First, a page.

Make no mistake, Tubman suffered the kinds of Reconstruction-era indignities that all black people did in the years after the war, including it taking literally decades to get the proper compensation from the US government for her wartime activities that she had earned (and had deferred at the time so that the army could buy more supplies and medicine); and her life was not without its own controversies either, including a mysterious young woman in her life who may or may not have been an illegitimate daughter sired from a white father, her public snubbing of Abraham Lincoln during the war for being "soft on abolition," as well as Tubman's full public embrace of avowed terrorist John Brown, to the extent of Brown eventually referring to her as "General Tubman" in his talks about his coming war against the US government. But all that said, it's hard to imagine a more apt person to be brought to the forefront of the US consciousness right now in this newest low point of race relations, a woman who is well worth taking the time to know and understand. This bio is a great place to start, and it comes recommended to those like me who barely know anything about who Tubman was or why you're going to be seeing a lot more of her starting next year. ( )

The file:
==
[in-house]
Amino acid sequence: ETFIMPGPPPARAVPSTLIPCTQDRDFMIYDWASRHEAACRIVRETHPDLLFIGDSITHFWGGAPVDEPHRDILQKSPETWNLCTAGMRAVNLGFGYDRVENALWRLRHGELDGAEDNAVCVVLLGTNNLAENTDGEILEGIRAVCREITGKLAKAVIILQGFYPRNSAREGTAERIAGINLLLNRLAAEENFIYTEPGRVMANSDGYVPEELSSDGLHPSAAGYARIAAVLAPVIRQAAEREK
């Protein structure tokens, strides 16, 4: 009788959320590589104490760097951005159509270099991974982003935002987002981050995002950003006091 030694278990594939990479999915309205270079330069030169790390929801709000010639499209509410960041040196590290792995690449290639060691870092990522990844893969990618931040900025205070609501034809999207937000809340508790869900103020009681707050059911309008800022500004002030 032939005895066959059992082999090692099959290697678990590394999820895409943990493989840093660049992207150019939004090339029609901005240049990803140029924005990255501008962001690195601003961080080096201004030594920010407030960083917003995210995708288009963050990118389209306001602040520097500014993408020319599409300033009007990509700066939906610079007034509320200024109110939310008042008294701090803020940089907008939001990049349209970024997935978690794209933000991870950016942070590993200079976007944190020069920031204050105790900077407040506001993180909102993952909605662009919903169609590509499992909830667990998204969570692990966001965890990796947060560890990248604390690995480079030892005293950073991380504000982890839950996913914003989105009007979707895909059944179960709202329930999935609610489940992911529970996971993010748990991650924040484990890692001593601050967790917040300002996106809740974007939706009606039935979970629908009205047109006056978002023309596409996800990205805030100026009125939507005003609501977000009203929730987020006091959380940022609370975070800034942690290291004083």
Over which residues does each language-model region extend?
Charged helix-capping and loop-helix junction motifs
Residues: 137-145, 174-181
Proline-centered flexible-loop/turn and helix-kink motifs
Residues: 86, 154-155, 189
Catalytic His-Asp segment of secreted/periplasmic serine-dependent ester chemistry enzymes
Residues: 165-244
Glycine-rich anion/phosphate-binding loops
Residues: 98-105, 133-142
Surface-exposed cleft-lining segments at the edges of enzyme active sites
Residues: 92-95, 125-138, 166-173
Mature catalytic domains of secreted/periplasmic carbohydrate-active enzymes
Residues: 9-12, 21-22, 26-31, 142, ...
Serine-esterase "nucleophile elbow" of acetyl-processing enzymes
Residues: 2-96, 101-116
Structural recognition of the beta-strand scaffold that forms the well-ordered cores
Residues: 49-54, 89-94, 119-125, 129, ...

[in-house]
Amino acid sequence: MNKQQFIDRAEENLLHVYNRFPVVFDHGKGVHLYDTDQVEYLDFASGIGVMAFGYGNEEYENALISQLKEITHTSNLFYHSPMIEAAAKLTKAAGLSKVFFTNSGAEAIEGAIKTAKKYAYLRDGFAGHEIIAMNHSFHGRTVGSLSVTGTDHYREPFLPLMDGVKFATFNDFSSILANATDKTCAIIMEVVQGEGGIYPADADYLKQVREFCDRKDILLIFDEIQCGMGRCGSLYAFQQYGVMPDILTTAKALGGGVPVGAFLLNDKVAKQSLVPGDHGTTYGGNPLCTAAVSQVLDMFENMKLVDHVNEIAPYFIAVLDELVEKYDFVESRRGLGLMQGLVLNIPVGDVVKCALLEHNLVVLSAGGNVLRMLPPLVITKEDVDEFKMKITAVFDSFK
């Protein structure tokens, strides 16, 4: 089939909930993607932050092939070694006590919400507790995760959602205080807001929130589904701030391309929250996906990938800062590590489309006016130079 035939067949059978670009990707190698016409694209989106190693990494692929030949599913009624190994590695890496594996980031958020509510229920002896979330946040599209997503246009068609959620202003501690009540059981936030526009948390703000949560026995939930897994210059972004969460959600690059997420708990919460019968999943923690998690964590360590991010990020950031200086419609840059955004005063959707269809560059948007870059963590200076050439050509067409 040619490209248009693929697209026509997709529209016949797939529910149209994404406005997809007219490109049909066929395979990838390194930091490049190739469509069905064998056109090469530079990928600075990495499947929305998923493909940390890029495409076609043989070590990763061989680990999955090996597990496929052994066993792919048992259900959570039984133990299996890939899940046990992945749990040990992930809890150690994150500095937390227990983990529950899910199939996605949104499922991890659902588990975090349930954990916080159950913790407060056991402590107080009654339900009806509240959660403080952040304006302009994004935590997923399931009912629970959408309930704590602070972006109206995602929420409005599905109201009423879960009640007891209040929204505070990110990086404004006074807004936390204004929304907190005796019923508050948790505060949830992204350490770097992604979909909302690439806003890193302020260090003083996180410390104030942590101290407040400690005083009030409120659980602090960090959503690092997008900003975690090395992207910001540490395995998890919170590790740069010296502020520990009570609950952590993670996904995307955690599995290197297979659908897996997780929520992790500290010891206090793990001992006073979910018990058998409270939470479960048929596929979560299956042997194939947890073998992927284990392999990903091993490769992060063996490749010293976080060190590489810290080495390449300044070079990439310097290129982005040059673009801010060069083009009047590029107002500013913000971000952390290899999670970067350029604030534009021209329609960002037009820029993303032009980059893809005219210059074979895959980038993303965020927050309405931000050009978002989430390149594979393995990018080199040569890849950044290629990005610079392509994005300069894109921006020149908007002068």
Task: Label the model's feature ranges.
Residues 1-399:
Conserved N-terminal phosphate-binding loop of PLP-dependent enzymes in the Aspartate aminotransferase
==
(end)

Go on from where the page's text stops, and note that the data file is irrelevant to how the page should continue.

1 stem jasonpettus | May 18, 2016 |
An excellent biography on this remarkable woman. Worth-reading. Well-written, with a plethora of facts and details about Tubman's life. ( )
  empress8411 | Jan 21, 2014 |
in depth impressive facts about the amazing UnderGround Railroad Conductor
  ah425 | Mar 11, 2008 |
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A biography of the fugitive slave turned "conductor" on the Underground Railroad describes Tubman's youth in the South, her escape to Philadelphia, her efforts to liberate slaves, and her work for the Union Army.